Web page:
Another discussion will take place on a different day, after the novel is read.
1. Class-Would Hester have been treated differently if she would have had a different social status?
2. Would Dimmesdale?
3. Were people considered witches who were of the upper class?
4. Gender-Was Hester punished more severely than a man would have been, drawing on what you know about the Puritans?
5. Would another woman be treated the same way?
6. Times-Would Hester and Arthur be treated the same today as they were in the story?
7. Would the man's responsibility be different? How?
Small Group Activities- Students will break up into groups
of 3 to find evidence of who the main character of The Scarlet
Letter is. These findings will be brought back to the whole group
Students will also be assigned portions of the text to rewrite in modern language for the play that will be put on for the community. They will also work on making posters to hang up around the school for advertisements of their play. This works towards the standard because it makes the students think about their audience.
Individual Activities- Part way through reading the text, students
will predict the ending and will write their own endings. This
essay is to be an in-class assignment and will be read aloud to
the class, if the student agrees. They will then finish the reading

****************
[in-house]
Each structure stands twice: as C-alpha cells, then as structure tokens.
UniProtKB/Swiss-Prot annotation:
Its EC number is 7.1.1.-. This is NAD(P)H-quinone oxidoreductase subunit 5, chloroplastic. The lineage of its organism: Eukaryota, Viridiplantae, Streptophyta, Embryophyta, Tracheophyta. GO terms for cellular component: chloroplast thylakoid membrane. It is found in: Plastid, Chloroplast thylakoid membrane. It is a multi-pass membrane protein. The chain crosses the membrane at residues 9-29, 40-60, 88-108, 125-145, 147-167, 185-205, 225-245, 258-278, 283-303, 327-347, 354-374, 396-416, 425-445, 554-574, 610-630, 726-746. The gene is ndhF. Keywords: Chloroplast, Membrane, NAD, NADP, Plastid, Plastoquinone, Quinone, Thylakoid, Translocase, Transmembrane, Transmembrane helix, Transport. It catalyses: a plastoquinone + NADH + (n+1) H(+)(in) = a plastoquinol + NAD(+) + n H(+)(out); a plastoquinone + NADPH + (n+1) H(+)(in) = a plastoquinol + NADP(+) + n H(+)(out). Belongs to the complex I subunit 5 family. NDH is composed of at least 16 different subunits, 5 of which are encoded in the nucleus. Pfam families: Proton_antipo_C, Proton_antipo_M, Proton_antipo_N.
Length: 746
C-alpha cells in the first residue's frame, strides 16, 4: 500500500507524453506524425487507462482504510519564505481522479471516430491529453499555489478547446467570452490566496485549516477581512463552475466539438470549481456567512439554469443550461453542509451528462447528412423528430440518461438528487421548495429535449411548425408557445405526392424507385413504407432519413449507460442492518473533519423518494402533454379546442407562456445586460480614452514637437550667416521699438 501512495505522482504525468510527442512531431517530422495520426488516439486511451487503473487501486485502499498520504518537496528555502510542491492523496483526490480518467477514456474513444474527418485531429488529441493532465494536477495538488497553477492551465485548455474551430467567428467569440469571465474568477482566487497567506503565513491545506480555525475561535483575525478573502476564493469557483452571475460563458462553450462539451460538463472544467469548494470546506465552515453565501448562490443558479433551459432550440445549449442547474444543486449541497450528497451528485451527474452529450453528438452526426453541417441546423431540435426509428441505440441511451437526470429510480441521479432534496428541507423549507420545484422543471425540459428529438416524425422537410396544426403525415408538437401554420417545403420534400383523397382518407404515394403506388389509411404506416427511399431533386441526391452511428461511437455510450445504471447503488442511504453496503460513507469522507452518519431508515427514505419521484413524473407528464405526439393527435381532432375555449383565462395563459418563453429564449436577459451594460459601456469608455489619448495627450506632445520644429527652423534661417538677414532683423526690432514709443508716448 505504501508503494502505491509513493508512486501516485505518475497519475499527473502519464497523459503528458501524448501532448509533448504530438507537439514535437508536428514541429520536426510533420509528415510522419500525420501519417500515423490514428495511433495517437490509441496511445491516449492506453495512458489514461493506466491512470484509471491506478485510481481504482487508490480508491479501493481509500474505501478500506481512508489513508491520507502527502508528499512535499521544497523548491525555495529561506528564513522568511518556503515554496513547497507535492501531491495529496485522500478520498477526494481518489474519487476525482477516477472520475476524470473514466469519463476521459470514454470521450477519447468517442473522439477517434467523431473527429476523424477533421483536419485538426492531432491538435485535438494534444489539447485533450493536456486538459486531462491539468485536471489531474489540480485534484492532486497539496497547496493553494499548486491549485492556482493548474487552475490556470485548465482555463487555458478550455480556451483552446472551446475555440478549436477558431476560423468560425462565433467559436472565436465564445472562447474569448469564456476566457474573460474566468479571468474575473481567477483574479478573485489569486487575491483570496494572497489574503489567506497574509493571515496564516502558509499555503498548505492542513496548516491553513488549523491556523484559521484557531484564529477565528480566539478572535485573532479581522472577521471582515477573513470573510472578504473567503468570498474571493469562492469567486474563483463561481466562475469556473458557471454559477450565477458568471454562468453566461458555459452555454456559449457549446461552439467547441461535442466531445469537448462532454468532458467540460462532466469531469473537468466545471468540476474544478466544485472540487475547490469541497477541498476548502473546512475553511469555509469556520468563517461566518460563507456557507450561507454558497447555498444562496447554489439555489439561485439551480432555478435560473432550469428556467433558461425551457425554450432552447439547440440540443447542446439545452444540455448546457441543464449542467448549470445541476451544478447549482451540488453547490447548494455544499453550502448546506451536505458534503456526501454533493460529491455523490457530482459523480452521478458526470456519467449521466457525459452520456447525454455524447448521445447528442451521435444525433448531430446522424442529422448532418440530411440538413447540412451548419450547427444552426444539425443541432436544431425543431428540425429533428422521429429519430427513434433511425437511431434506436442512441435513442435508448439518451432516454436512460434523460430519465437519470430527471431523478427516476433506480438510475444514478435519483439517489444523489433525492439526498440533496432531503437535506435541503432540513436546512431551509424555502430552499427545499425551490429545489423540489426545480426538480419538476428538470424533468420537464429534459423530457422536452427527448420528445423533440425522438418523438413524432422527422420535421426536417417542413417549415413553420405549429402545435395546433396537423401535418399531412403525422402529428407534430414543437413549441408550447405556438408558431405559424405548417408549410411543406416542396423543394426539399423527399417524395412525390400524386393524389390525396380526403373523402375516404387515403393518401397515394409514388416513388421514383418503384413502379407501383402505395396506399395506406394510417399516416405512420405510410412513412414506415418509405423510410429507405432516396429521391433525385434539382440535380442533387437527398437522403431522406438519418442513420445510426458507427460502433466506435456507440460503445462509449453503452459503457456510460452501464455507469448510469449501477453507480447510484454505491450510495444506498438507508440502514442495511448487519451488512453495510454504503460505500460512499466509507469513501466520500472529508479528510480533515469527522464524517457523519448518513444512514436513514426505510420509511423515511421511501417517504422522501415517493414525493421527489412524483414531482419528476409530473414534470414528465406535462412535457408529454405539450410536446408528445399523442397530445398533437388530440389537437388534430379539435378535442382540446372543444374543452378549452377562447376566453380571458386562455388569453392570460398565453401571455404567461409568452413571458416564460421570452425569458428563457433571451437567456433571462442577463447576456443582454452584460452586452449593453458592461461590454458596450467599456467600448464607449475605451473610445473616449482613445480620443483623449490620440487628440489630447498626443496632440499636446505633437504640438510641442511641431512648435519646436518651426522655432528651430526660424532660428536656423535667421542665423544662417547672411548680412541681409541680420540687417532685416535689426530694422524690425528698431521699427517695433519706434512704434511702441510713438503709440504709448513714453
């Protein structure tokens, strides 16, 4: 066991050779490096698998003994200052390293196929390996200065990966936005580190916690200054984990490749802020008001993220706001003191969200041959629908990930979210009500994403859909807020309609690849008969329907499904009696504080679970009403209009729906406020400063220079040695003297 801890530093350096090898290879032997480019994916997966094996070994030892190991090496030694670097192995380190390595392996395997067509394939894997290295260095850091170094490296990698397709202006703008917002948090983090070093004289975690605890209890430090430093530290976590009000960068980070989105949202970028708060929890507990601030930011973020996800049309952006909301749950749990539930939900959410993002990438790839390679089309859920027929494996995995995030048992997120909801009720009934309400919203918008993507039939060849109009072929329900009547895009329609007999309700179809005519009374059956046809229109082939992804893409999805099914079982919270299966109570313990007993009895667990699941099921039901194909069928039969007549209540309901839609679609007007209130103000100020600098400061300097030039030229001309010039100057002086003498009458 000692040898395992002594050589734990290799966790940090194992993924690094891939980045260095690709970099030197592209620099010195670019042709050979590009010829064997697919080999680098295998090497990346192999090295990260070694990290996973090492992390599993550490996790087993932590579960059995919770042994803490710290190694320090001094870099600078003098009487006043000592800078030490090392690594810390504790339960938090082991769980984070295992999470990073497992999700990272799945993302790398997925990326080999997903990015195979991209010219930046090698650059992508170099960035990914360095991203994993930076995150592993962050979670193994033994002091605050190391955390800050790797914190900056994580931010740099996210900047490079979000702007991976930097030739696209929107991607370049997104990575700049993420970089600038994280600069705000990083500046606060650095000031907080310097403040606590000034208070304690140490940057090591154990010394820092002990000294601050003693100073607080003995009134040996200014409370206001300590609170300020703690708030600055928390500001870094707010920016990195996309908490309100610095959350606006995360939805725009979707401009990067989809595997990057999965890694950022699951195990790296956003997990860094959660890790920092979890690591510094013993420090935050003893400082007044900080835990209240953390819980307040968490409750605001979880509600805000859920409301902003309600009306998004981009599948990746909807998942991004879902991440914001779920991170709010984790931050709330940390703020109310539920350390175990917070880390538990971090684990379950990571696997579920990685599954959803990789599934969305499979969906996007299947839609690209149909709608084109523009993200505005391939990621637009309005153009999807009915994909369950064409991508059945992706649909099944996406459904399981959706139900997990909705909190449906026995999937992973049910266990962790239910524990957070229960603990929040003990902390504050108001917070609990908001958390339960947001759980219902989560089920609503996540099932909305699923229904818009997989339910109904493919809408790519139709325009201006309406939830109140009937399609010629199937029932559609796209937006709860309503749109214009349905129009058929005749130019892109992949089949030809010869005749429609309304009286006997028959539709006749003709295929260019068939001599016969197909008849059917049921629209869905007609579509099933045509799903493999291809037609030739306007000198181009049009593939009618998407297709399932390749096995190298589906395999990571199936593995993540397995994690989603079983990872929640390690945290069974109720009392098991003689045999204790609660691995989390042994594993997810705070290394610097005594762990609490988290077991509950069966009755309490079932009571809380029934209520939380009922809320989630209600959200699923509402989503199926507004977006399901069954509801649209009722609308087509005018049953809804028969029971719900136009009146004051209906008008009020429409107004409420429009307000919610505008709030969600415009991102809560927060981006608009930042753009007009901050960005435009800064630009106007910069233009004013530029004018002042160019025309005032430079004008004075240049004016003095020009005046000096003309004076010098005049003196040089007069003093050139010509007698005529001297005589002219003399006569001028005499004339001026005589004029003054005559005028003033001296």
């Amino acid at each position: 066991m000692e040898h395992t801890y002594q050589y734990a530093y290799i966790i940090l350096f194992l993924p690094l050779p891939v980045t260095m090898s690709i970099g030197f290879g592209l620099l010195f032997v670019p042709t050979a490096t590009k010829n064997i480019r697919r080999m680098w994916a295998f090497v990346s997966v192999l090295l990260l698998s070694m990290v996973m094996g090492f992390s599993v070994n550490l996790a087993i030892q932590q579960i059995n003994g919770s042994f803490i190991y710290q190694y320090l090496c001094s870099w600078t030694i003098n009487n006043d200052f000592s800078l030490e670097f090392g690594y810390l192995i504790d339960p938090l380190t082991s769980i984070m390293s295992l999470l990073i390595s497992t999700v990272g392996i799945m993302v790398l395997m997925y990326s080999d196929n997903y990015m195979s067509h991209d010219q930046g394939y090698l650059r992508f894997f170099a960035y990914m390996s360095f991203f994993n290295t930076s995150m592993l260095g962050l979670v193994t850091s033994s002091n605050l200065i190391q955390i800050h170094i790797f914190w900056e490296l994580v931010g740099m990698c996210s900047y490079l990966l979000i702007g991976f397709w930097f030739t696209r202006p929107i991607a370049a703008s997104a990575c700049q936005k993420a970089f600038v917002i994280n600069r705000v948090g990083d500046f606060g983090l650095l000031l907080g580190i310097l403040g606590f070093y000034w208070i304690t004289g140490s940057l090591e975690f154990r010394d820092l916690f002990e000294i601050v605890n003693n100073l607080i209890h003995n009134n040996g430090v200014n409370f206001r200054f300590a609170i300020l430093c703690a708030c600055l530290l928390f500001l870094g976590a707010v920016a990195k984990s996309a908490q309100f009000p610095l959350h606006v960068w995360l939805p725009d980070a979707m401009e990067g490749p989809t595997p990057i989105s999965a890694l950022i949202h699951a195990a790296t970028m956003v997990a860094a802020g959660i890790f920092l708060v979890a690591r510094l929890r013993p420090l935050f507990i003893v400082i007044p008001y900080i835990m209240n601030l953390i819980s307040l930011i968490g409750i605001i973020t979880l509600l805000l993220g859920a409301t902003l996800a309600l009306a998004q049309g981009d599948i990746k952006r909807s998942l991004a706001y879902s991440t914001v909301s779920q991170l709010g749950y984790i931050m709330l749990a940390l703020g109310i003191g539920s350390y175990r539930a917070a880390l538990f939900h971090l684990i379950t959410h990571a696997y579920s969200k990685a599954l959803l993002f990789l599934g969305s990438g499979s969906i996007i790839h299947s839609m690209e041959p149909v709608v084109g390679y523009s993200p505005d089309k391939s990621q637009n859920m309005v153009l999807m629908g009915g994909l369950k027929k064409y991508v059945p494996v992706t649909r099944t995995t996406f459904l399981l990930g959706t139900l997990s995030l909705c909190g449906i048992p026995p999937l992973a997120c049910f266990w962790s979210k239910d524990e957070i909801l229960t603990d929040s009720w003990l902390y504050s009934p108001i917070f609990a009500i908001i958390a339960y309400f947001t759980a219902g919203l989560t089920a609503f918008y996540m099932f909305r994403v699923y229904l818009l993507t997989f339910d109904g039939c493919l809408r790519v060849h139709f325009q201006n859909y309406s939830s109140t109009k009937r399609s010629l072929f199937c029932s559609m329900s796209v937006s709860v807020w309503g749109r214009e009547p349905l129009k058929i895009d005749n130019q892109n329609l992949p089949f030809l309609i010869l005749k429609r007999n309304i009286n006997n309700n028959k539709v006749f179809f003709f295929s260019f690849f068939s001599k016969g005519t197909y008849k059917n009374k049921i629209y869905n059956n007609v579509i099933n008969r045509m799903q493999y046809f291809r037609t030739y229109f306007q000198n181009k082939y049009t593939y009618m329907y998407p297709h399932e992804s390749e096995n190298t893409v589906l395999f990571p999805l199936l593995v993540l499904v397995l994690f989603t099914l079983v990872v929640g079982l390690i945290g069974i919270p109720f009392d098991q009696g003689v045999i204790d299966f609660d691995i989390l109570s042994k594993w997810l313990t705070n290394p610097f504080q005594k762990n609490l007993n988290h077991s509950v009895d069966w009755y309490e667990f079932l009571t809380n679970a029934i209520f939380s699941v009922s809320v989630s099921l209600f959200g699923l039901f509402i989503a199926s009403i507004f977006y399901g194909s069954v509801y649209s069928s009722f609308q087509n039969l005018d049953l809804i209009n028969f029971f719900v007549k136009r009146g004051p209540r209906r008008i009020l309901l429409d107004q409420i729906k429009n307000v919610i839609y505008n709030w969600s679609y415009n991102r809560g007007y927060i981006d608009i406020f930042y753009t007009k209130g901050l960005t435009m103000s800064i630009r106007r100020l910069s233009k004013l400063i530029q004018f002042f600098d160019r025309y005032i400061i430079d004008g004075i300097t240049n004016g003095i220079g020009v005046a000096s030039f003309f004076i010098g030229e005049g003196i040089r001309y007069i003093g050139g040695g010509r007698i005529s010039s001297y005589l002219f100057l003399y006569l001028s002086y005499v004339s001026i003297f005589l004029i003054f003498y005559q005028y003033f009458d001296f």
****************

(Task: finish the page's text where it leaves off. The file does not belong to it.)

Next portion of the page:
to see how close they were. (See attachment for handout.)
Students will individually pick out and read 3 of the 5 specified short stories. This will help them to understand the way Hawthorne writes before they start reading The Scarlet Letter.
Students will also pick a symbol which occurs throughout the novel and write about it.
Ongoing Activities- The play that will be put on will be an ongoing activity. Students will be working on rewriting the novel itself, making advertisements, and learning their lines. They must then actually perform the revised play. The text itself is also an ongoing assignment. Throughout most of the unit, the students will be working on the text, as well as assessment of the text.
Student and Teacher Resources- The students and the teacher will need The Scarlet Letter book as well as the collection of short stories. The short stories text will be Collections of Nathaniel Hawthorne. The short stories needed from this text include: "Rappacini's Daughter," "The Birthmark," "My Kinsman Mr. Molineux," "Roger Malvin's Burial," and "The Minister's Black Veil." Students will also need to figure out and make the props for the play. They will need paints, tagboard, markers, brushes, cardboard for making props, clothes to be used as costumes, pens and paper.
Unit Launch- I will enter the classroom wearing a witch costume and I will explain about the Salem Witch Trials in a mock personal story (See attachment). This will help students understand the times of the Puritans, when The Scarlet Letter was written. The students will have read 3 of the 5 short stories for class this day. A discussion of the short stories will precede the beginning of reading The Scarlet Letter.
Organization of the Unit-